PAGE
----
It's once again time to apply for the Philip Meyer Award. Established in 2005, the award was created to honor Philip Meyer's pioneering efforts to utilize social science research methods to foster better journalism.
The contest recognizes stories that incorporate survey research, probabilities and other social science tools in creative ways that lead to journalism vital to the community. (To learn more, listen to "Precision Journalism: Where we've come from and where we're going," a panel discussion between Phil Meyer and Steve Doig on the history and future of precision journalism at the 2008 IRE Conference in Miami.)
Three awards are given annually:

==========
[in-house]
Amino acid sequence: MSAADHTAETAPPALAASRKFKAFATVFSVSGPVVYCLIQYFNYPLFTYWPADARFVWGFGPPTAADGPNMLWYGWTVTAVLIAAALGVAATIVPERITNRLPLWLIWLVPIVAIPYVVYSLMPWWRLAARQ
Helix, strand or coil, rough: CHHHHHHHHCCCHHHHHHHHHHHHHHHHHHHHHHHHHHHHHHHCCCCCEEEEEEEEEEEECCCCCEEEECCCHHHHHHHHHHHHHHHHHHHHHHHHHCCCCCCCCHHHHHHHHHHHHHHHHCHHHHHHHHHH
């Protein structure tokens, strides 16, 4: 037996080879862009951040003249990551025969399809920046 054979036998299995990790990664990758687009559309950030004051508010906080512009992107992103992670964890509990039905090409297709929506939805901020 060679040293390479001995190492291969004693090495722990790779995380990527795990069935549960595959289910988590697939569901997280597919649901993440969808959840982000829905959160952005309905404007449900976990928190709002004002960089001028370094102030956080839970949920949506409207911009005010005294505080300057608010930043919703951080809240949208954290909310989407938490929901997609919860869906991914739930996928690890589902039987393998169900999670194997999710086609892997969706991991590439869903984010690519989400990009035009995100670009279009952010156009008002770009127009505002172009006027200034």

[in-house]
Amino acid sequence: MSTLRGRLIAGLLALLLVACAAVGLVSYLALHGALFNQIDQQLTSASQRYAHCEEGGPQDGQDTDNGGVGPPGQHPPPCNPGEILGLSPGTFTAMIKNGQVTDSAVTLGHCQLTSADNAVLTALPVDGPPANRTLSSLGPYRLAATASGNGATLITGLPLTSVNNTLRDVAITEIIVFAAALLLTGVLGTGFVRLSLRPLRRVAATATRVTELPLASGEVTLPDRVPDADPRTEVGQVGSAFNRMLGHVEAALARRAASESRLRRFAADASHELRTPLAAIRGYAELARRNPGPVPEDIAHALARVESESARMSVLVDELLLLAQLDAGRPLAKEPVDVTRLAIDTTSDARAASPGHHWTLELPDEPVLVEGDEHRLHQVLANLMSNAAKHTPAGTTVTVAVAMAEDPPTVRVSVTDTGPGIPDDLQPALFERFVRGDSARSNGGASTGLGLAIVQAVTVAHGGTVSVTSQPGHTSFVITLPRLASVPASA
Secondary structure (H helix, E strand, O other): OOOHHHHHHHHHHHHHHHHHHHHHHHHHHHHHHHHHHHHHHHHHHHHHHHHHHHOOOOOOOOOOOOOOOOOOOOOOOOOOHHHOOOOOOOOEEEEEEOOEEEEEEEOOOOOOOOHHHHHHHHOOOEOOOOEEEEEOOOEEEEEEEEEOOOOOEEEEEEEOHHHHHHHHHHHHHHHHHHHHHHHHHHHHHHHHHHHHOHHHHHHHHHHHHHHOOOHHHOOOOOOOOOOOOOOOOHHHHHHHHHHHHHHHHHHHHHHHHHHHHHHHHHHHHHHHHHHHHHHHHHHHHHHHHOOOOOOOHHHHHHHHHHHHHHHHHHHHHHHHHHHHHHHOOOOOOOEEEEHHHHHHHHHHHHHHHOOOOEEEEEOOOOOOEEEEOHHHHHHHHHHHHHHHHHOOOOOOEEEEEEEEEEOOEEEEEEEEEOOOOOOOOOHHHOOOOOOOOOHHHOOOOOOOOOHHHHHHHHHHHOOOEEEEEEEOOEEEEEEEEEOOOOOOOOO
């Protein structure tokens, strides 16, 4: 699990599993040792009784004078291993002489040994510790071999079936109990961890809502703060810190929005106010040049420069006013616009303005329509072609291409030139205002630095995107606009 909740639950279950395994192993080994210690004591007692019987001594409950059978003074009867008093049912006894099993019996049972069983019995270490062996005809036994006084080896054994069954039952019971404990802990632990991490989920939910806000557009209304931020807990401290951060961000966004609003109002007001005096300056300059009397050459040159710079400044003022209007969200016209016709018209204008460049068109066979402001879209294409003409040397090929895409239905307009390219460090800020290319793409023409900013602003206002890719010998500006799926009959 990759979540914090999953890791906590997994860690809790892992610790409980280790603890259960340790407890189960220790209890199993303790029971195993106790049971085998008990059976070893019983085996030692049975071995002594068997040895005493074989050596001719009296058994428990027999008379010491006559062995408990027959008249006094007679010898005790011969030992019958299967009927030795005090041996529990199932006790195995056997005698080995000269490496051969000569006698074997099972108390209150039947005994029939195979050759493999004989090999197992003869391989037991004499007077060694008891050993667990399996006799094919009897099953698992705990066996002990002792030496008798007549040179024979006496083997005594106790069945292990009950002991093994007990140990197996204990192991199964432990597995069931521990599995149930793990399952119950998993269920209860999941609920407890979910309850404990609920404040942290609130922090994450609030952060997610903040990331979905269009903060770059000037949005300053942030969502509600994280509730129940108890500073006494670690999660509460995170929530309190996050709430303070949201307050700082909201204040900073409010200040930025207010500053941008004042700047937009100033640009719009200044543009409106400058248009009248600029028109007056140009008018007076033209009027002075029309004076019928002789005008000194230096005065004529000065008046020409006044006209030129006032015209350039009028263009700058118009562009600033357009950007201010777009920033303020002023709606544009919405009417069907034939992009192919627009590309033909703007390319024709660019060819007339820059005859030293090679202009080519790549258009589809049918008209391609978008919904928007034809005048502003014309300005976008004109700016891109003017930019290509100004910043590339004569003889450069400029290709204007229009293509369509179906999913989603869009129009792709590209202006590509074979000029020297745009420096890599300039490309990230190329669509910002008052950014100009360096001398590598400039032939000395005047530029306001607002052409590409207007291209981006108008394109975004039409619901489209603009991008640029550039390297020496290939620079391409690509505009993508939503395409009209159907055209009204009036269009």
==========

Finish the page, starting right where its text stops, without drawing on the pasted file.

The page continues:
Last year's winning entries exposed bureaucratic lapses that have hindered the search for causes of SIDS; uncovered the NHTSA's failure to consider non-deploying airbags as being a significant safety issue; and analyzed arrest and court data to reveal towns where blacks were being arrested in extraordinary numbers for minor offenses like loitering or jaywalking.
The postmark deadline for entering the contest is Saturday, October 31. Work submitted for consideration must have been published between October 1, 2008 and September 30, 2009. A pdf of the entry is available to download from our website. For additional information, please refer to the Philip Meyer Award FAQ page.
Award winners will be honored at the 2010 CAR Conference in Phoenix, Ariz.
The Philip Meyer Award is sponsored by the National Institute for Computer-Assisted Reporting, a joint program of IRE and the Missouri School of Journalism; the Knight Chair in Journalism at Arizona State University; and IRE.